Newly minted college graduates in the United States are living with unprecedented uncertainty and anxiety.
While a rare minority cruise into their dream job, or postgraduate degree, there are 50 million twenty-somethings who have no idea what they will be doing, where they will be living, or who they will be with in two years or 10 years.
Many simply tread water; working as baristas or waiters, dating all the wrong people and buying into every distraction. All they have to do, they think, is wait it out. Their twenties are for having fun, anyway. Real life starts later.
But clinical psychologist Dr Meg Jay says real life starts in your twenties. She argues that 80 per cent of life’s most defining moments have taken place by the age of 35, making the twenties a “developmental sweet spot” – and many millennials are blowing it.
“I’ve had hundreds of clients who’ve been misled about how important this decade is,” says Jay, who specialises in adult development and wrote The Defining Decade: Why Your Twenties Matter and How to Make the Most of Them Now. “You are deciding your life right now and claiming your twenties is one of the simplest, yet most transformative things you can do – for work, love and happiness.”
Jay, also an associate professor of education at the University of Virginia in the US, says too many twenty-somethings believe the decade is for thinking about what they want to do, but there is a big difference between having a life in your thirties and starting a life in your thirties.
“Sure, the twenties are for experimenting, but not just with philosophies and vacations and substances,” she adds. “The twenties are your best chance to experiment with jobs and relationships. Then each move can be more intentional and informed than the last.”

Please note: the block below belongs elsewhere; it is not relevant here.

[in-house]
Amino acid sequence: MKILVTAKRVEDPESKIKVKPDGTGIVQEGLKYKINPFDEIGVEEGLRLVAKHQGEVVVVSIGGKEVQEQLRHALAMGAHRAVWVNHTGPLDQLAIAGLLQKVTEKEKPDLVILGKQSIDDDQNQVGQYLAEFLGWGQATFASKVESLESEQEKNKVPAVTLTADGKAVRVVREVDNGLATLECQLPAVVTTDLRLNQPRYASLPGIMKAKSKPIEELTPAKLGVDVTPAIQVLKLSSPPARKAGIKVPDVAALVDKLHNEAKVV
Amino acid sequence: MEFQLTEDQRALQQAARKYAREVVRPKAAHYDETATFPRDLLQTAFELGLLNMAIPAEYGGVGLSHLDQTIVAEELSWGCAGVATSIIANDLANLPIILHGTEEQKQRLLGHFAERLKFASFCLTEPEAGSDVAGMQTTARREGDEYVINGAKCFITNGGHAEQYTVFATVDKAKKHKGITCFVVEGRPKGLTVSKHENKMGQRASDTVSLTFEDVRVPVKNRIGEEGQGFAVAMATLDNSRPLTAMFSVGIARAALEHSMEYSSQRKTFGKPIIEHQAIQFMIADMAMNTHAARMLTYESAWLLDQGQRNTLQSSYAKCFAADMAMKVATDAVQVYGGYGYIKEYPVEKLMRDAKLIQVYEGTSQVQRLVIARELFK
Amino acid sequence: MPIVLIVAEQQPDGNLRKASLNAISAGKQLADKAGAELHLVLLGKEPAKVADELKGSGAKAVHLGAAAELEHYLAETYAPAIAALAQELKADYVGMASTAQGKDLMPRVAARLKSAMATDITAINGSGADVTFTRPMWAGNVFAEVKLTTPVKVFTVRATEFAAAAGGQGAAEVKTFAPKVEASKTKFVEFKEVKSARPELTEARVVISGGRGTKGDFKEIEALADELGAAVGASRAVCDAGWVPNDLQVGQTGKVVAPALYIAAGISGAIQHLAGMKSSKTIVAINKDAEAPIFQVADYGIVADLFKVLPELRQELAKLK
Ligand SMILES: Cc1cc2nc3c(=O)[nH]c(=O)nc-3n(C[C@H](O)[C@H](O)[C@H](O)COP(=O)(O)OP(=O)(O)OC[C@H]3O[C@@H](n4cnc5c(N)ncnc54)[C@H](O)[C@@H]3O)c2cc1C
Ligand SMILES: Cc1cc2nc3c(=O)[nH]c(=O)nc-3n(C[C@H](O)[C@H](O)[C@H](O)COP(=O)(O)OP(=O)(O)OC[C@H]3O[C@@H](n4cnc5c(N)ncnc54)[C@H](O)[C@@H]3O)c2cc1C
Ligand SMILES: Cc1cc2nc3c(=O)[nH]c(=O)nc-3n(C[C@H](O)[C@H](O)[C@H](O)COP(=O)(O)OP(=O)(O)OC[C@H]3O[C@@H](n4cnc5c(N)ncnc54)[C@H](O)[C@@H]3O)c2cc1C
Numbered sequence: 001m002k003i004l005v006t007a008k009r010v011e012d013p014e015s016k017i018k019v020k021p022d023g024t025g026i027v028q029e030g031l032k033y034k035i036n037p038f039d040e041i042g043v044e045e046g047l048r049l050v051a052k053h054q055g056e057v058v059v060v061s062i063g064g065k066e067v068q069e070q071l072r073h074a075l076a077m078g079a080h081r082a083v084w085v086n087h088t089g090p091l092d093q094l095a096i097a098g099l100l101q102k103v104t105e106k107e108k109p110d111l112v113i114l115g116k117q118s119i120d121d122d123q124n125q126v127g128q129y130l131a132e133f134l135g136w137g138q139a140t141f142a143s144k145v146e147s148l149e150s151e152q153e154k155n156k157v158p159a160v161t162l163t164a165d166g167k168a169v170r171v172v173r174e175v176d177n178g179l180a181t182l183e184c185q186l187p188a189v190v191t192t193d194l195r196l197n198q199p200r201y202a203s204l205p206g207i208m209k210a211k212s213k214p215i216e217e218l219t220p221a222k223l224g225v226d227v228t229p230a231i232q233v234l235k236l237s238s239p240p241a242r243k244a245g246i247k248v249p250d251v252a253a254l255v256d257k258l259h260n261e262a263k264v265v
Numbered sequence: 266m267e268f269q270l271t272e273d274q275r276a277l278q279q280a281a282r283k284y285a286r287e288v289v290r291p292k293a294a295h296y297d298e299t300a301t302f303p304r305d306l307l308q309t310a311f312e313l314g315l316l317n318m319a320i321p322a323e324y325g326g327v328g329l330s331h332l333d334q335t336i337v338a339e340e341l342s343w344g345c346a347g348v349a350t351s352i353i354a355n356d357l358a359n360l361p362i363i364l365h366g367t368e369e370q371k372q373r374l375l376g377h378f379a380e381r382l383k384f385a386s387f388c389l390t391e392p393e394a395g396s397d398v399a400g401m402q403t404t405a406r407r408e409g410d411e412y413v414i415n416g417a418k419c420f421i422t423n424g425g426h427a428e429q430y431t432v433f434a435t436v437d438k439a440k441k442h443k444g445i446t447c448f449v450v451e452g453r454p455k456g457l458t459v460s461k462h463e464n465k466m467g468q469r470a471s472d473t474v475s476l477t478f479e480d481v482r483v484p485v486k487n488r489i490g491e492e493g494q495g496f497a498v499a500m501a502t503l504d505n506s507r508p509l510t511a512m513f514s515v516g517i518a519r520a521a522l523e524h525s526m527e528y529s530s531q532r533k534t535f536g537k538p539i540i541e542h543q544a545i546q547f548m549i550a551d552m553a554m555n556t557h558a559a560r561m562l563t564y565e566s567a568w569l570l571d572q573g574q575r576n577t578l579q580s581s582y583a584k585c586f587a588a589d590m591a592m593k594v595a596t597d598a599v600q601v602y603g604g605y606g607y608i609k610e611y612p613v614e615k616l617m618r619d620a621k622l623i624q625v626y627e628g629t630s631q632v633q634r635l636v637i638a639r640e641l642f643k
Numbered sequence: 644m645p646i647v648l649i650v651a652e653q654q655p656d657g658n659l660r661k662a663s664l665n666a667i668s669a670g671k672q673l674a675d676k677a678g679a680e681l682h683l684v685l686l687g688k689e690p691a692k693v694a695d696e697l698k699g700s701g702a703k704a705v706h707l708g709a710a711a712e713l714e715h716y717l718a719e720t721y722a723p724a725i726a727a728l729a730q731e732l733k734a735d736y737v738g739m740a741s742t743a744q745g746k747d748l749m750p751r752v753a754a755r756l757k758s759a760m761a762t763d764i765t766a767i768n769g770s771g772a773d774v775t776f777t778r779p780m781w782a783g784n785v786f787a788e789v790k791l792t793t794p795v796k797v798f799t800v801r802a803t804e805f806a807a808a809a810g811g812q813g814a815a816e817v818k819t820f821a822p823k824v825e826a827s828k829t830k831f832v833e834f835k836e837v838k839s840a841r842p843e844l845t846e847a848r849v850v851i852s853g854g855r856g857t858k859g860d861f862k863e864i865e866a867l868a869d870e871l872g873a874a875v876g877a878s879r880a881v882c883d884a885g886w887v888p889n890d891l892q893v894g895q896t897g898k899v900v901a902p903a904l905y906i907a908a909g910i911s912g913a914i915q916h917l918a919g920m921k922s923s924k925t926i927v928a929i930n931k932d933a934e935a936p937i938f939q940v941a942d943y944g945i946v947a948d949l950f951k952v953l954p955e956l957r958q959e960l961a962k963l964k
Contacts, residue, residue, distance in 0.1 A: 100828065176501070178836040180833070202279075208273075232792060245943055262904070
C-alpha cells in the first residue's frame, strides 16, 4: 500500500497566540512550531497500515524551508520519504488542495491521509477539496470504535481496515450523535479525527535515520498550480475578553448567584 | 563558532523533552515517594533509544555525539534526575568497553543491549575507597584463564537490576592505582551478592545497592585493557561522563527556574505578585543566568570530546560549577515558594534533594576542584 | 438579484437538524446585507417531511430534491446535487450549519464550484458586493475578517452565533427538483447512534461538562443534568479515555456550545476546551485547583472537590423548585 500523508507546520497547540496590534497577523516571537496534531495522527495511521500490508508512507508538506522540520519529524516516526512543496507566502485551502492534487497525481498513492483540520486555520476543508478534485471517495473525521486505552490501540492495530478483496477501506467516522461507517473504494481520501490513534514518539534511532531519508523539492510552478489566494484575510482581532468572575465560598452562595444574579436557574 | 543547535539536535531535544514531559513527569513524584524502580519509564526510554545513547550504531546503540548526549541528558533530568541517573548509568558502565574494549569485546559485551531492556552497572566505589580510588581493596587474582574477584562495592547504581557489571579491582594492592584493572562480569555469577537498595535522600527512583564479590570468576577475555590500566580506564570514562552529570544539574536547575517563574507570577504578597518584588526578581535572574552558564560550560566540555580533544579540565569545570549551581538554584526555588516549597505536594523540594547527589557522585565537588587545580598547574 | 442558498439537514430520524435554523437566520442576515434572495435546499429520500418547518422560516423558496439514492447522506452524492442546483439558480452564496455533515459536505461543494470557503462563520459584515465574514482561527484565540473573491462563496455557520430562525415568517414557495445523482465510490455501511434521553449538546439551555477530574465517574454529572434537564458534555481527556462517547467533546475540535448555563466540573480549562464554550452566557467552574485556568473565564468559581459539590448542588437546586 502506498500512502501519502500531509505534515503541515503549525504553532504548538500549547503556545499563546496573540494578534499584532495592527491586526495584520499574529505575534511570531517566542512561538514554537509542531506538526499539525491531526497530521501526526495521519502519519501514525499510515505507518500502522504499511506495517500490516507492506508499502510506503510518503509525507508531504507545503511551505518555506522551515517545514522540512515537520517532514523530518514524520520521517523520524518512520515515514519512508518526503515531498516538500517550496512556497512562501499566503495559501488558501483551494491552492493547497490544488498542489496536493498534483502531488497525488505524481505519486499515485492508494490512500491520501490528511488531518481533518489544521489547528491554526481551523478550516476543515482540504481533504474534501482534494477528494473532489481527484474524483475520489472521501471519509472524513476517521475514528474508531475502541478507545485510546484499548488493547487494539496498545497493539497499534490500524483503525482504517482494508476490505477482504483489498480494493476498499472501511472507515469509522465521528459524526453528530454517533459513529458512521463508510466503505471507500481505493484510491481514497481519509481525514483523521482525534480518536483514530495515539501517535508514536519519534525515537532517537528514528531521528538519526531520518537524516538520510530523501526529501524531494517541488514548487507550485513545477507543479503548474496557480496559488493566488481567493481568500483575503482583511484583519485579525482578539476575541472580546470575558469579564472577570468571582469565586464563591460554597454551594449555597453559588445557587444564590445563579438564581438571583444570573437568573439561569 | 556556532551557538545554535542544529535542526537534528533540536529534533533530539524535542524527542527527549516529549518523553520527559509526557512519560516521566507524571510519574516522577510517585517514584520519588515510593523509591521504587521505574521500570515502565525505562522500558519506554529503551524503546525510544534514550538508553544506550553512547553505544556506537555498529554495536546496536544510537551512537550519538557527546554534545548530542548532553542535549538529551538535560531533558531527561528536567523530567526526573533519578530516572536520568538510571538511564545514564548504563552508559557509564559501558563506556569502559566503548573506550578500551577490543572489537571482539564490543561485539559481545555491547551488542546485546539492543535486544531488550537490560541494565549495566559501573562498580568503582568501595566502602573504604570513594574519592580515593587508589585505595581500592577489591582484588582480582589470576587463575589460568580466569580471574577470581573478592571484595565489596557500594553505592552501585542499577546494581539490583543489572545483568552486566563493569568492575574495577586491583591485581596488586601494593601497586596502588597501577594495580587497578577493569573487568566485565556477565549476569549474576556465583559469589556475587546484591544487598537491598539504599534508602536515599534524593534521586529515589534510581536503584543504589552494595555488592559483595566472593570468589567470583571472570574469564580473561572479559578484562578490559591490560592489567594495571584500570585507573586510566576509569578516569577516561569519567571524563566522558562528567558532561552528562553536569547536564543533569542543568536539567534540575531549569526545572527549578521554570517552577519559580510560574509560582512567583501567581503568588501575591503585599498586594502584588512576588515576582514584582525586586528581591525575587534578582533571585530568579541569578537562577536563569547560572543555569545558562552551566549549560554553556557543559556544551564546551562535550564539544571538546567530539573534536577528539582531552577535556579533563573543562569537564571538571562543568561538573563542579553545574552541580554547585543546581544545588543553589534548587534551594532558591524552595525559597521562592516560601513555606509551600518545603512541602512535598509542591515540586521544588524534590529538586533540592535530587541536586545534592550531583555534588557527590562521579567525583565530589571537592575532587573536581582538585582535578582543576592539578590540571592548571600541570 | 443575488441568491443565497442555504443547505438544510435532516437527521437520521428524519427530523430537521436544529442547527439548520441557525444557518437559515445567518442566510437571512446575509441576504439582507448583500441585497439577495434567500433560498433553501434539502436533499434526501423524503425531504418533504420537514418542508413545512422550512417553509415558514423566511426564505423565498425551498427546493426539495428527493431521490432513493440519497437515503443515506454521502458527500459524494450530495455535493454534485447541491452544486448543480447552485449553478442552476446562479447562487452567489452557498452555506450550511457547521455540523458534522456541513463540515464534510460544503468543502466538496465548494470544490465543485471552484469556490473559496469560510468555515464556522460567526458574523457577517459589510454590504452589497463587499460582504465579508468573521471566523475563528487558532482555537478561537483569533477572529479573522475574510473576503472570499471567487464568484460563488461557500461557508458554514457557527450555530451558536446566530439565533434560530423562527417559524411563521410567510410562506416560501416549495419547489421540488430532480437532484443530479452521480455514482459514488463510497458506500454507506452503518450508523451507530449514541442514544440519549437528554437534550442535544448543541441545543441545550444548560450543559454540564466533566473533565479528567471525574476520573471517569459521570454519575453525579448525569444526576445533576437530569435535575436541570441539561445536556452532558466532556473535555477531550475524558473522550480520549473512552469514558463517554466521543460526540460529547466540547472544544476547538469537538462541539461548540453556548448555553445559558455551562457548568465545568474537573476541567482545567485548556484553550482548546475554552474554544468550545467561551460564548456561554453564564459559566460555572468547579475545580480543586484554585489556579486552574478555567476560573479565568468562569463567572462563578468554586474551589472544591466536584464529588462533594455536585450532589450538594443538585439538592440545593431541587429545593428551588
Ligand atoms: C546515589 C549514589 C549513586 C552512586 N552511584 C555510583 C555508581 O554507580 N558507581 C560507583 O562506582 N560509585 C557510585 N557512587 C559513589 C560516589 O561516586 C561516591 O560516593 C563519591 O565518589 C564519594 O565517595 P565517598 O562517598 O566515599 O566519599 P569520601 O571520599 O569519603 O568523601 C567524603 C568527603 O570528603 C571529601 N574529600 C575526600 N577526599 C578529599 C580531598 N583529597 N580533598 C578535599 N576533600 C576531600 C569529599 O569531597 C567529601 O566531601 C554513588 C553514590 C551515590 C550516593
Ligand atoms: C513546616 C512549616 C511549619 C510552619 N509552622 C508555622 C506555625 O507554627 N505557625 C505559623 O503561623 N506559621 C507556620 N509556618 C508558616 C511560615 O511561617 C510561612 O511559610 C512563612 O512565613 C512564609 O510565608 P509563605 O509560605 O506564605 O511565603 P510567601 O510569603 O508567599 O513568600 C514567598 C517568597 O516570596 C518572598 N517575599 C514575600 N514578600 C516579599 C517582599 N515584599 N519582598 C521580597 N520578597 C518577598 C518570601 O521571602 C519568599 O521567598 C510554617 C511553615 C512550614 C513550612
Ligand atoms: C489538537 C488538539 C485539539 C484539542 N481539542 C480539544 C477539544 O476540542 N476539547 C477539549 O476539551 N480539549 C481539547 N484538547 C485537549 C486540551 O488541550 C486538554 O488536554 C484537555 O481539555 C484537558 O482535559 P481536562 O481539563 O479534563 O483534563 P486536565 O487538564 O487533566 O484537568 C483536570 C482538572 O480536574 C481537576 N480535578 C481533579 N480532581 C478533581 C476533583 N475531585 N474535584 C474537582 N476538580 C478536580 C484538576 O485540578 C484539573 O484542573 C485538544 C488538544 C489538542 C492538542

In her 2013 TED Talk “Why 30 is not the new 20”, Jay explains that in childhood development, it’s understood the first five years are critical for language and for developing the ability to learn, communicate and solve problems. But we hear less about adult development and most people do not understand that the twenties is a critical period.
“In the brain’s final growth spurt, learning will never again come so easily,” she says. “The way you navigate professional landscapes and manage relationships in your twenties becomes wired into your brain. If you want to change something about yourself, now’s the time to do it.”
Researchers call the twenties an “extended adolescence”, in which many people move back home after college, do not feel the push to make tough choices, and view their “free decade” as a time to have fun and explore themselves.
Yet two-thirds of lifetime wage growth happens during the first 10 years of a career, with the biggest gains coming from job-hopping or earning advanced degrees before marriage, family and mortgages take hold.
Jay adds that more than half of all adult Americans are married, dating or living with their future partner by age 30. The upside of marrying later is that we have the potential in our twenties to learn how to have better relationships, which could mean dating people we do not take seriously or living with someone we should never have moved in with.
“Alternatively, committed relationships in our twenties make us more secure and responsible, and less depressed and anxious, whether these relationships last or not.”
According to Jay, those who push back career or marriage are also pushing against something with little give: their fertility. Young people have been told they have years ahead to start a family. In reality, fertility drops significantly by age 35 and dramatically by 40.
Jay’s advice to twenty-somethings is to be as intentional about love as they are about work. This helps them become more competent and confident while being less depressed and anxious.
“Don’t ‘date down’ and do not ‘work down’,” she says. “Look for jobs and relationships that add value to who you are and that make you happy. Don’t stay in jobs or relationships because it seems easier than starting over.”